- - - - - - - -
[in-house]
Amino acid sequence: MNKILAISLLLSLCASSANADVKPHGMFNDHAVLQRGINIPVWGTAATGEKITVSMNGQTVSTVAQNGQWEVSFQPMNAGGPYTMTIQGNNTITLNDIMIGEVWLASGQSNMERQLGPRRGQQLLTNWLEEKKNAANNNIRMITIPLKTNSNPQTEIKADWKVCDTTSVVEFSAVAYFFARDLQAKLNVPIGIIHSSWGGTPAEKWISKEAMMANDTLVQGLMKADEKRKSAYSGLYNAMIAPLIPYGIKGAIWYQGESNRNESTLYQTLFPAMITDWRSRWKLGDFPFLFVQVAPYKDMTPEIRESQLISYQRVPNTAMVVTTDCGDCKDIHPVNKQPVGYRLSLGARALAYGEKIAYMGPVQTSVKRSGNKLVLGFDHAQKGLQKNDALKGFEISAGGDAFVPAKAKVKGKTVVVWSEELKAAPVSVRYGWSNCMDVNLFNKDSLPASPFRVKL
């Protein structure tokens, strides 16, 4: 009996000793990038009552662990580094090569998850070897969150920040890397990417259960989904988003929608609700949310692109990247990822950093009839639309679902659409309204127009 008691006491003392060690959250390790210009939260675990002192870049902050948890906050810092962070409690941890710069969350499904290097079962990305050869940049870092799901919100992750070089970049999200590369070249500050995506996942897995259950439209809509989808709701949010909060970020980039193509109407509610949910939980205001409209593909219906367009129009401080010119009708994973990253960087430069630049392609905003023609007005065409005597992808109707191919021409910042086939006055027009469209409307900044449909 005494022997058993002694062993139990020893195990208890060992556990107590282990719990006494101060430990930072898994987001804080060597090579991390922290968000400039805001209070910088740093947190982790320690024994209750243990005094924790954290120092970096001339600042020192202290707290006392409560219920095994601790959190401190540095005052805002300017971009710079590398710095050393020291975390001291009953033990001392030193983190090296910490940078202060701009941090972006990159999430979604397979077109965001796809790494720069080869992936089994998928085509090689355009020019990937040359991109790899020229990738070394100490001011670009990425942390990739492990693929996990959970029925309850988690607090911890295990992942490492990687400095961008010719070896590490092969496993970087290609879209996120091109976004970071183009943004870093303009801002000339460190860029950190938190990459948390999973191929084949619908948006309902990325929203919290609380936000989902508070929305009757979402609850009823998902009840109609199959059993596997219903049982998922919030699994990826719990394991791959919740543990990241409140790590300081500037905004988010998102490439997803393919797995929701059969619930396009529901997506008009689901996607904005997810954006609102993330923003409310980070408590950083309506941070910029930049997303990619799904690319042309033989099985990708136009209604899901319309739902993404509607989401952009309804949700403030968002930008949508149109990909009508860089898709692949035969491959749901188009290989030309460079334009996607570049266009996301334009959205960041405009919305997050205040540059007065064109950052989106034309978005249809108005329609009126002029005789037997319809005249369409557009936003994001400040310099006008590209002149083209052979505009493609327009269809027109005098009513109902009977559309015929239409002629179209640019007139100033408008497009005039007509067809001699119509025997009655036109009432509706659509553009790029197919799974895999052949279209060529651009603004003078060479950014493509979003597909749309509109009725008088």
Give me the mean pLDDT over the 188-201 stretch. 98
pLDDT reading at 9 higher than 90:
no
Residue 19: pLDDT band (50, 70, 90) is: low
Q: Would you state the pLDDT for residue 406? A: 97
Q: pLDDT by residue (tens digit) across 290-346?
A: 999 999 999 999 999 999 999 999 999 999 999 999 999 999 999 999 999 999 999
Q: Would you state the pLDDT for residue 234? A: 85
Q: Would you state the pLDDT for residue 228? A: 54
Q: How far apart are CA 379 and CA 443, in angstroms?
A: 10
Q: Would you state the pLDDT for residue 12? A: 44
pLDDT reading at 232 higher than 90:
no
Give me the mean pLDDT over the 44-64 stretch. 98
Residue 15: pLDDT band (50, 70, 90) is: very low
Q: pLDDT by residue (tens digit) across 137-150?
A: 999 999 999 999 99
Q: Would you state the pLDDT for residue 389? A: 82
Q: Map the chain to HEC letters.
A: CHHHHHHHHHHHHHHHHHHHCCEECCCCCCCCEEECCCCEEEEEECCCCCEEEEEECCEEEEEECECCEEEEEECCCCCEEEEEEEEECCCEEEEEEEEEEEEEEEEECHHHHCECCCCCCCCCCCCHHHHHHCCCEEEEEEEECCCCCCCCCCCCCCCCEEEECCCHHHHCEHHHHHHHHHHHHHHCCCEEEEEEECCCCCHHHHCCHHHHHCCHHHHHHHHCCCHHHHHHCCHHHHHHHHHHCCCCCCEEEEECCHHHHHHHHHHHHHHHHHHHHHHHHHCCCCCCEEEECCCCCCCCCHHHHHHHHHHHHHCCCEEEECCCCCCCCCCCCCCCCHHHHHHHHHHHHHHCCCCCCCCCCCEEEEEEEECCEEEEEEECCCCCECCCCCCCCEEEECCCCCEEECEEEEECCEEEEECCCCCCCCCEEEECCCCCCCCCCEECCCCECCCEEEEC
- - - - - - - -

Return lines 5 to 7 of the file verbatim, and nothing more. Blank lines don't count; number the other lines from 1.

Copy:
pLDDT reading at 9 higher than 90:
no
Residue 19: pLDDT band (50, 70, 90) is: low